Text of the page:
When Scheer suggests that Bill and Hillary Clinton may not represent a lesser evil—when compared to Republicans—but merely a “different kind of evil,” Frank responds: “You could make the argument that Bill Clinton did things in the 1990s that no Republican would have been capable of doing. … Reagan couldn’t push bank deregulation as far as Clinton did. Clinton did things that Reagan would never have dared to do: welfare reform … [and] NAFTA. George Bush couldn’t get NAFTA passed. … So you start to think that the game that the Clintons play with us, where we vote for them because we have nowhere else to go. … There’s a sort of political economics of how we the voters are manipulated in this situation, and they’re very, very good at playing that game. And so people like you and me who are on the left are captured, basically. We don’t have anywhere else to go. And they play us in a certain way.”
He continues: “I have a lot of friends who say you can’t criticize the Democrats because you’ll just weaken them and then the Republicans will get in. But I say that we can’t give up our critical faculties just because of the ugly historical situation that we’re in.”
Frank also adds that while he is no fan of Donald Trump, the Republican front-runner for the presidency leaves “no uncertainty in the minds of his listeners, after they’ve sat through one of his speeches, that he is a guy that is gonna get tough with American companies that want to move their factories to Mexico or China or anywhere like that. Left parties the world over were founded in order to give voice to and to help and to serve working people. That’s what they exist for. And those people are now flocking to Donald Trump, who is railing against things like NAFTA. We’re in this situation now where thanks to the Clintons and thanks to Obama, the social dynamics of the two-party system have been … mostly turned on their head.”
A lot of media pundits – and also this Oliver Lee Bateman writing for Paris Review, who comes from humble beginnings – persist in thinking that only poor whites are voting for Trump, and only because it satisfies their racist, misogynistic, etc. leanings:
Scan the headlines and you’ll find that everyone’s talking about how the white trash have made their presence felt. The white trash support Trump; the white trash are losing ground; the white trash should be honored by the government for their hard work and sacrifices; the white trash are continuing to redirect their aggression at other racial minorities instead of the robber barons who exploit them.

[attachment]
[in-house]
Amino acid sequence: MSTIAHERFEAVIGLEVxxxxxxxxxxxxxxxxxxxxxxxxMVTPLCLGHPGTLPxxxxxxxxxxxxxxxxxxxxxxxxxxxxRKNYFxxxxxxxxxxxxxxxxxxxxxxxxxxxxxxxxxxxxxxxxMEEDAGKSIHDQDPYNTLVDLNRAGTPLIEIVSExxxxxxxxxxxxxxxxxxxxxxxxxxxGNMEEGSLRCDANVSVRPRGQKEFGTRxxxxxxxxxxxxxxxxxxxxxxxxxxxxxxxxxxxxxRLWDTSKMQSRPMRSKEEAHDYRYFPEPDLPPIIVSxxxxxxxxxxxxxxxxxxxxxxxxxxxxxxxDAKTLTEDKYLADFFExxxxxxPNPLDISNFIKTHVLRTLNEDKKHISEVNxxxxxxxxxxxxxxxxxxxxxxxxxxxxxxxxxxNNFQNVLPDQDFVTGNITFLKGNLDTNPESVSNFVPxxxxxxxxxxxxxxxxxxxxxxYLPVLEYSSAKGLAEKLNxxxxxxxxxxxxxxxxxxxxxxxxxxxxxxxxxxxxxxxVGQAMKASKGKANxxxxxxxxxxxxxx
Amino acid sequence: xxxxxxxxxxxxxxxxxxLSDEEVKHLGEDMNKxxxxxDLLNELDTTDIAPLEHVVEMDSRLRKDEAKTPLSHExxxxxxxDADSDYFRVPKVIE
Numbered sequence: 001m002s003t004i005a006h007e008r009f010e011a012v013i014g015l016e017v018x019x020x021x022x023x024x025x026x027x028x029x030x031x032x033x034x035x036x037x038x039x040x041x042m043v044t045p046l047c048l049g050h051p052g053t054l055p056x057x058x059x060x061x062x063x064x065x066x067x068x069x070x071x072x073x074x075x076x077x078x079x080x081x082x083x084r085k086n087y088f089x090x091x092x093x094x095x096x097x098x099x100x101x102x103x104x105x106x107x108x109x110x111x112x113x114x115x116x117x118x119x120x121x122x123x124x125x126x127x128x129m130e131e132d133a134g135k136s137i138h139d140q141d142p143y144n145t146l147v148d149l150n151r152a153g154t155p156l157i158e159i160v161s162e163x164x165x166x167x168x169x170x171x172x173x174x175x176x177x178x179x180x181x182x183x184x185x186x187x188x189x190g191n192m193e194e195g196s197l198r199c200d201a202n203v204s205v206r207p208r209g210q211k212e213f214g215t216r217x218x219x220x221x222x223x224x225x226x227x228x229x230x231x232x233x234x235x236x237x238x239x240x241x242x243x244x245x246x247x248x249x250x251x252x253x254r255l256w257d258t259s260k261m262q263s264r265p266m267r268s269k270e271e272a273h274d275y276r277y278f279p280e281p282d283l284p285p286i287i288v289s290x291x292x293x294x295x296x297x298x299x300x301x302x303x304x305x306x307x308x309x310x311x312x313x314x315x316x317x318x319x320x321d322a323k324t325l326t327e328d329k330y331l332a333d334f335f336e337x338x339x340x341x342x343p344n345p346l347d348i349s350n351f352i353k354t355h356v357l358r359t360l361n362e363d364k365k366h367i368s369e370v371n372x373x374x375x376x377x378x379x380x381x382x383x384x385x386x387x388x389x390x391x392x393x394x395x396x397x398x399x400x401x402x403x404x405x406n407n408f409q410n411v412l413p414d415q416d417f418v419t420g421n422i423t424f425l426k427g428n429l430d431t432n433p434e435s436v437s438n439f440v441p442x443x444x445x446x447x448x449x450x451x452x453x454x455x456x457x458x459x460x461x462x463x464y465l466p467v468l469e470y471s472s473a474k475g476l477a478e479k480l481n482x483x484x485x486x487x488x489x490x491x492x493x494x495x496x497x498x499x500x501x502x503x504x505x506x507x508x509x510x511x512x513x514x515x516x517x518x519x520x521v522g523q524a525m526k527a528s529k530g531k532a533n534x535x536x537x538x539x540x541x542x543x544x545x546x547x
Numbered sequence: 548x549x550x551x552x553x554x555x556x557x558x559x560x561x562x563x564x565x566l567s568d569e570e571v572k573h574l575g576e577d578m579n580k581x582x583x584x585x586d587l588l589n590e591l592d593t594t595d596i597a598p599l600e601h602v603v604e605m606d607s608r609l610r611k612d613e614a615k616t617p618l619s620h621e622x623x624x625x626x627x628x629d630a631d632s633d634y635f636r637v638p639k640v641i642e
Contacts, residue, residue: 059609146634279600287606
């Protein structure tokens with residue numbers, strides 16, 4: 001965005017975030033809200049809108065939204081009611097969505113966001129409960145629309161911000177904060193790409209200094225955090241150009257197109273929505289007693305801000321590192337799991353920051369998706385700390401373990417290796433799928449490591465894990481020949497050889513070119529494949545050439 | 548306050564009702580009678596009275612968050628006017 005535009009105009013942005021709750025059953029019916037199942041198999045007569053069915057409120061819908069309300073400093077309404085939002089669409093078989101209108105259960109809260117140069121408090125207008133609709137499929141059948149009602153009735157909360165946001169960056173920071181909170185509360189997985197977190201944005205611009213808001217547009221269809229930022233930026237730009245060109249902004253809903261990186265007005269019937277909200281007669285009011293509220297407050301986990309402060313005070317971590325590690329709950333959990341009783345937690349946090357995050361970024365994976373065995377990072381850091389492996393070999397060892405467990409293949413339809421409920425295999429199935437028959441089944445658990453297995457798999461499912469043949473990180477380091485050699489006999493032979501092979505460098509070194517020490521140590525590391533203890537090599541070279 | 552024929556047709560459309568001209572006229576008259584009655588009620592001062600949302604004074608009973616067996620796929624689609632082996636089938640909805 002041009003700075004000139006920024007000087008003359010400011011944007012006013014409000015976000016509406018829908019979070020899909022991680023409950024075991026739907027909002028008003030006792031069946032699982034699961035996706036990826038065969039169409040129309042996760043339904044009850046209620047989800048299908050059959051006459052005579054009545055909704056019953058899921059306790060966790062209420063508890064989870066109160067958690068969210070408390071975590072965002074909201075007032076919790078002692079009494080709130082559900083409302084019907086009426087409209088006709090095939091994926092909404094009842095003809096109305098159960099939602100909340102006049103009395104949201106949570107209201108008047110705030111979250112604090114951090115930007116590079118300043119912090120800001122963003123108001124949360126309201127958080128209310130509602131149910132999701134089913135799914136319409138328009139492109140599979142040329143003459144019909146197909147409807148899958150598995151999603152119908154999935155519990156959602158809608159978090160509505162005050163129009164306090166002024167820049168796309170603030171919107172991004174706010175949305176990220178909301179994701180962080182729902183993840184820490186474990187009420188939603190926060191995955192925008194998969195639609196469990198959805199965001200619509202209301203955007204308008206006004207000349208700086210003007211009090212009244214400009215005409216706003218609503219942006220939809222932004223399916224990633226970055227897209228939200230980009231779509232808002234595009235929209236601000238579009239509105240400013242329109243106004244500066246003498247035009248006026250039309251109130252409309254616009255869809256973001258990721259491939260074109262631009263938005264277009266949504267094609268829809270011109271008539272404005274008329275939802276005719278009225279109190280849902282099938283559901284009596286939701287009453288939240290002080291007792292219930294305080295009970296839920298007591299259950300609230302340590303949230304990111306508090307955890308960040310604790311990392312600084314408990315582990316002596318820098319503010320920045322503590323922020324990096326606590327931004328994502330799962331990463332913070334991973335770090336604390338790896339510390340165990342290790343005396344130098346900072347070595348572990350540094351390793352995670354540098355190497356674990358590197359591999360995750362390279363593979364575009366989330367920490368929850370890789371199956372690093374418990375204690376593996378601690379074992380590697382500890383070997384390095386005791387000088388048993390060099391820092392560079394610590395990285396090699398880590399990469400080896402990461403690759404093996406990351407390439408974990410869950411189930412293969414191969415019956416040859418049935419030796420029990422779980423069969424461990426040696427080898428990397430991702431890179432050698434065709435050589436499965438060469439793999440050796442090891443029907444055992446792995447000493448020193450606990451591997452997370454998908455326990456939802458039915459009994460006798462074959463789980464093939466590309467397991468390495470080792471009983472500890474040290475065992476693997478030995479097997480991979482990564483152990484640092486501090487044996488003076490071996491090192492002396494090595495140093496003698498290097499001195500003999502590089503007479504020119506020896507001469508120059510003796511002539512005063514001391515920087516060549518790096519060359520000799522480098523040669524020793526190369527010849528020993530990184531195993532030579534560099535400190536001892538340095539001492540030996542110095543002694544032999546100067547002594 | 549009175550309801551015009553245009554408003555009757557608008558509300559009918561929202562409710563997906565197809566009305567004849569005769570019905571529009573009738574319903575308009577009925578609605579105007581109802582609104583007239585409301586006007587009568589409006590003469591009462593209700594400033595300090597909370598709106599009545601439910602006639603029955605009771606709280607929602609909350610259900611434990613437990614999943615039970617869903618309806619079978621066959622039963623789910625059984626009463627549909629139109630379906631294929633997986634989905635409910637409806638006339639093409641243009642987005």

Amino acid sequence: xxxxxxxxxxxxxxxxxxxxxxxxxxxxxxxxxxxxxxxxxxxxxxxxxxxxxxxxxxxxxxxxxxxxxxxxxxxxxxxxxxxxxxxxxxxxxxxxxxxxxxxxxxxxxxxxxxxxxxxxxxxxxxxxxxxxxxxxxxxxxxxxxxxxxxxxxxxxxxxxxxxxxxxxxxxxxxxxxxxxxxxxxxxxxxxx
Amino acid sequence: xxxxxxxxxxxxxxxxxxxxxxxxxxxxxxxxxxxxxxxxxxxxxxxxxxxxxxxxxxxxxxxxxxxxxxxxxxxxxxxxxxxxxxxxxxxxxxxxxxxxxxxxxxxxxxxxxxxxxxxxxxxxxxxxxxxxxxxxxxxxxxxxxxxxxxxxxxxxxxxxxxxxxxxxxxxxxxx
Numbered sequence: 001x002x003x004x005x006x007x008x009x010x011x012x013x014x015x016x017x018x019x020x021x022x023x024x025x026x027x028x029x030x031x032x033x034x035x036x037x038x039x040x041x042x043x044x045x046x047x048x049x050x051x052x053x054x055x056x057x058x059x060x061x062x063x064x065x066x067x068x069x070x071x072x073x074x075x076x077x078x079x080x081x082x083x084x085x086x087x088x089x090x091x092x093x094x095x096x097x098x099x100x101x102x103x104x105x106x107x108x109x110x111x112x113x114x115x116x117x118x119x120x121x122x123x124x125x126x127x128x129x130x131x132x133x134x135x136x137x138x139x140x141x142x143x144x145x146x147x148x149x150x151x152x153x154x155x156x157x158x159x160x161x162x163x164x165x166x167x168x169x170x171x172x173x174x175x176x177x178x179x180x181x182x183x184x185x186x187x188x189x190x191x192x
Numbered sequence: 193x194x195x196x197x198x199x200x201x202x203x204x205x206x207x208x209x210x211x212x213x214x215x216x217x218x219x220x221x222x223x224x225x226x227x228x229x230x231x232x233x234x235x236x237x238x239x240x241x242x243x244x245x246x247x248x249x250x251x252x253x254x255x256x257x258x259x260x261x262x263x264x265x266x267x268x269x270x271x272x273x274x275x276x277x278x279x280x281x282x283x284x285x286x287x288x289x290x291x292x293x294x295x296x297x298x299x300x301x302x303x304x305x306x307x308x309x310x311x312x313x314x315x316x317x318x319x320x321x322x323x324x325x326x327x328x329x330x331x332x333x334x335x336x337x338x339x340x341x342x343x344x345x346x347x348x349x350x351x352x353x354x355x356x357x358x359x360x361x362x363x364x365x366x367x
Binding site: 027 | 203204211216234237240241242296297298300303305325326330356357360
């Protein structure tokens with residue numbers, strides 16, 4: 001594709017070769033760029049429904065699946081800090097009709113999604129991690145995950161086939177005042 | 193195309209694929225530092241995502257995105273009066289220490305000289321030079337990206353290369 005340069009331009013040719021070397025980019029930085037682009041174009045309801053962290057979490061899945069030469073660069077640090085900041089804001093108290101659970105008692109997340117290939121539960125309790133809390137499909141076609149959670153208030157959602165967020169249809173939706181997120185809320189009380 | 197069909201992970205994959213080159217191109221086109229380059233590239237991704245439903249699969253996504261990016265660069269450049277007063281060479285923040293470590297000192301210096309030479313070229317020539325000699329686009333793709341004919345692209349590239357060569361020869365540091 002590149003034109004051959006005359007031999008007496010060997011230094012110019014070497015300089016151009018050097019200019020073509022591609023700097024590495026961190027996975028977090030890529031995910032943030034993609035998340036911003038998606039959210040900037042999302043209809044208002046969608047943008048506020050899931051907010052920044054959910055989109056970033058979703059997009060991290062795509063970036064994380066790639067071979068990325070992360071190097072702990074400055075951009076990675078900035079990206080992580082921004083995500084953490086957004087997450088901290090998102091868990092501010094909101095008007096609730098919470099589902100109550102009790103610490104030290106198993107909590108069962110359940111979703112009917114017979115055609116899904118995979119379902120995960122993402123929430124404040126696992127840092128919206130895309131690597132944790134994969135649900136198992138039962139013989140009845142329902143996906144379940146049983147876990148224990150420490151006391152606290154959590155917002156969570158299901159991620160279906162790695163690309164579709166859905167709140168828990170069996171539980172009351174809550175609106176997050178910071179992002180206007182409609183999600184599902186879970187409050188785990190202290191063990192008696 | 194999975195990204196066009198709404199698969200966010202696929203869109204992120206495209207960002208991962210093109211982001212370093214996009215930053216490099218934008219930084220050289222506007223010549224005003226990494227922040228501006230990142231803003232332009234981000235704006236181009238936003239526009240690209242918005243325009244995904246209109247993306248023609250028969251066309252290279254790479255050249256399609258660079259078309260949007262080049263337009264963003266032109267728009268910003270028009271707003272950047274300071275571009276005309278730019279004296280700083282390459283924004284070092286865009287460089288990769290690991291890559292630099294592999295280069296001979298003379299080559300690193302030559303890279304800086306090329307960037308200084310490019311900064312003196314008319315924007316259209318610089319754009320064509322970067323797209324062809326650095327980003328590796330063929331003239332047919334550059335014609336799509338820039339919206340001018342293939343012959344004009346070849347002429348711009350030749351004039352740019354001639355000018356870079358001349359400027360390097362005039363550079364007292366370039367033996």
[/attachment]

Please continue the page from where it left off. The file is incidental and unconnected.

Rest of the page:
But who exactly are these people, these trashy whites who have found themselves, in the words of sociologist C. Wright Mills, “without purpose in an epoch in which they are without power?”
Thanks to a spate of newly released books on the topic, we readers can begin fumbling towards some preliminary answers. For those interested in a first-person account of white-trash living, there’s J. D. Vance’s Hillbilly Elegy, a spare and poignant look at impoverished rural Ohio and Kentucky. Nancy Isenberg’s White Trash: The 400-Year Untold History of Class in America offers a concise and highly readable overview of the subject beginning with colonization and concluding with the Clintons. Carol Anderson’s White Rage: The Unspoken Truth of Our Racial Divide examines a series of events, ranging from Reconstruction to the election of Barack Obama, after which seeming gains for African Americans were quickly met by massive resistance from whites.
I’m sure there are trashy white folk out there, but I know a lot of people voting for Trump – all my siblings in fact, and quite a few of my extended in-laws. My father was a successful marketing man, and my family was well-to-do middle class. My in-laws vary from railroad shop workers to lawyers and physicians, and none of them are poor white trash, though some of the millennials are having a tough go.
And there’s the crux. Millennials, and their parents, look around and they don’t see the jobs any more. That is why a lot of them went for Sanders, and that is why a lot of others are responding to Trump. I think the lack of prosperity is the fundamental reason for the anti-establishment movement.
I couldn’t sleep this morning, so I opened the debate between Tim Kaine and Mike Pence on Democracy Now!, who let Green candidate Ajamu Baraka answer the same questions. What I saw were two corporate shills, arguing over which social value bones the government is going to throw to the middle class as they pretend to do something about our economic problems. Then I dozed off.
The Intercept stayed awake longer: